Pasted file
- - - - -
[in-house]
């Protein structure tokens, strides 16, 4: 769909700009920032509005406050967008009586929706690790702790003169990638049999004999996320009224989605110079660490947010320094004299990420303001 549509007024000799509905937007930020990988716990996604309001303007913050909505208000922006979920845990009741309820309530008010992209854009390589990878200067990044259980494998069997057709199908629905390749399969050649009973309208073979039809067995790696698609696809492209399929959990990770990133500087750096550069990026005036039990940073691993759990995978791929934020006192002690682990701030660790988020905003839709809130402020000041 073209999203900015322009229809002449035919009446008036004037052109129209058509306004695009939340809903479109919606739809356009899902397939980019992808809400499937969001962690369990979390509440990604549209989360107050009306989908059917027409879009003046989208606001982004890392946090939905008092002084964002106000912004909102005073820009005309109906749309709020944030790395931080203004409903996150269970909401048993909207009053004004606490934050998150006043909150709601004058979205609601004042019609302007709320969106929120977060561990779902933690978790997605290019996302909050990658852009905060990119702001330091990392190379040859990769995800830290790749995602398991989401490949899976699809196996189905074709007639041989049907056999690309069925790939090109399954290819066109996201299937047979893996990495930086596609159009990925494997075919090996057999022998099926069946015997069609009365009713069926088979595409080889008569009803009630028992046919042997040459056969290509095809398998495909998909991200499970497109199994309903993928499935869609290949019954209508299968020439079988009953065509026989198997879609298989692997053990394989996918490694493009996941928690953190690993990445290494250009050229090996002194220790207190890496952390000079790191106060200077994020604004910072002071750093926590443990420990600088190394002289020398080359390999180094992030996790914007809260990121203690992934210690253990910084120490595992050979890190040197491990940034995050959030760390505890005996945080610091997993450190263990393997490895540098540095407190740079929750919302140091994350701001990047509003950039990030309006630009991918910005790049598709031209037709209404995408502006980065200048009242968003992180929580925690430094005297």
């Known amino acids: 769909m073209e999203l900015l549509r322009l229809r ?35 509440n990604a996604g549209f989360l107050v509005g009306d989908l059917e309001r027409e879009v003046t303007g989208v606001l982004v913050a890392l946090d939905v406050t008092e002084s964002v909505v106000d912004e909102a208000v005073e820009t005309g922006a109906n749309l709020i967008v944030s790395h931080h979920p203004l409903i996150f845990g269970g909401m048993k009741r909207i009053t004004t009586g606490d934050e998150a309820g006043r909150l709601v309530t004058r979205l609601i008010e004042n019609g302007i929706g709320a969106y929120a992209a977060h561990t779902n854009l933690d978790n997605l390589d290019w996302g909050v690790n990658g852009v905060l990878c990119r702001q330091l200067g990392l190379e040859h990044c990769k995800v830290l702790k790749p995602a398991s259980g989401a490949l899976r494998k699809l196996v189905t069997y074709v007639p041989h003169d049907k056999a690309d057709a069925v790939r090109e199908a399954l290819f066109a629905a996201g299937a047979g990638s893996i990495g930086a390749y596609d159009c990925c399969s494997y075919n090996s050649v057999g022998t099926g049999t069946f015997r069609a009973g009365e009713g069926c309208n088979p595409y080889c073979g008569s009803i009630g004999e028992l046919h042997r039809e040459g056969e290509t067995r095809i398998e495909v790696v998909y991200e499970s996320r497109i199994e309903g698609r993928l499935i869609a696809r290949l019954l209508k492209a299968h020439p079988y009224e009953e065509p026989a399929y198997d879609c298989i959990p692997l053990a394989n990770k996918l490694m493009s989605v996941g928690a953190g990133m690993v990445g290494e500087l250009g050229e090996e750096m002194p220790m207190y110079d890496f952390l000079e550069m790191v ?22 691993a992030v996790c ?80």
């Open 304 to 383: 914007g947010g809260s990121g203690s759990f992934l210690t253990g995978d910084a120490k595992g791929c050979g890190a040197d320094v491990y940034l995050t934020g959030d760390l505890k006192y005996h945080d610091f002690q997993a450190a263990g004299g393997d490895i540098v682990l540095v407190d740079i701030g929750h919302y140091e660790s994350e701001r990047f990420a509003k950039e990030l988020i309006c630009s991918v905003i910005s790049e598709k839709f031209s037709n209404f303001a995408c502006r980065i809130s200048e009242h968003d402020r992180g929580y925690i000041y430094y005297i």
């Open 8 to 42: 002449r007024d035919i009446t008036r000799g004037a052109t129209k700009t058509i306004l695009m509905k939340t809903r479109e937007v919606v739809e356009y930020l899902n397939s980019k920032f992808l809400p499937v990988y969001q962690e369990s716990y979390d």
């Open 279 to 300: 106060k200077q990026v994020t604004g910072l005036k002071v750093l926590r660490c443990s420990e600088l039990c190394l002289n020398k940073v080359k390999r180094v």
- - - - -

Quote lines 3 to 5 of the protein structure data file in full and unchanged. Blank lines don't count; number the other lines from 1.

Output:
């Known amino acids: 769909m073209e999203l900015l549509r322009l229809r ?35 509440n990604a996604g549209f989360l107050v509005g009306d989908l059917e309001r027409e879009v003046t303007g989208v606001l982004v913050a890392l946090d939905v406050t008092e002084s964002v909505v106000d912004e909102a208000v005073e820009t005309g922006a109906n749309l709020i967008v944030s790395h931080h979920p203004l409903i996150f845990g269970g909401m048993k009741r909207i009053t004004t009586g606490d934050e998150a309820g006043r909150l709601v309530t004058r979205l609601i008010e004042n019609g302007i929706g709320a969106y929120a992209a977060h561990t779902n854009l933690d978790n997605l390589d290019w996302g909050v690790n990658g852009v905060l990878c990119r702001q330091l200067g990392l190379e040859h990044c990769k995800v830290l702790k790749p995602a398991s259980g989401a490949l899976r494998k699809l196996v189905t069997y074709v007639p041989h003169d049907k056999a690309d057709a069925v790939r090109e199908a399954l290819f066109a629905a996201g299937a047979g990638s893996i990495g930086a390749y596609d159009c990925c399969s494997y075919n090996s050649v057999g022998t099926g049999t069946f015997r069609a009973g009365e009713g069926c309208n088979p595409y080889c073979g008569s009803i009630g004999e028992l046919h042997r039809e040459g056969e290509t067995r095809i398998e495909v790696v998909y991200e499970s996320r497109i199994e309903g698609r993928l499935i869609a696809r290949l019954l209508k492209a299968h020439p079988y009224e009953e065509p026989a399929y198997d879609c298989i959990p692997l053990a394989n990770k996918l490694m493009s989605v996941g928690a953190g990133m690993v990445g290494e500087l250009g050229e090996e750096m002194p220790m207190y110079d890496f952390l000079e550069m790191v ?22 691993a992030v996790c ?80």
């Open 304 to 383: 914007g947010g809260s990121g203690s759990f992934l210690t253990g995978d910084a120490k595992g791929c050979g890190a040197d320094v491990y940034l995050t934020g959030d760390l505890k006192y005996h945080d610091f002690q997993a450190a263990g004299g393997d490895i540098v682990l540095v407190d740079i701030g929750h919302y140091e660790s994350e701001r990047f990420a509003k950039e990030l988020i309006c630009s991918v905003i910005s790049e598709k839709f031209s037709n209404f303001a995408c502006r980065i809130s200048e009242h968003d402020r992180g929580y925690i000041y430094y005297i």
């Open 8 to 42: 002449r007024d035919i009446t008036r000799g004037a052109t129209k700009t058509i306004l695009m509905k939340t809903r479109e937007v919606v739809e356009y930020l899902n397939s980019k920032f992808l809400p499937v990988y969001q962690e369990s716990y979390d």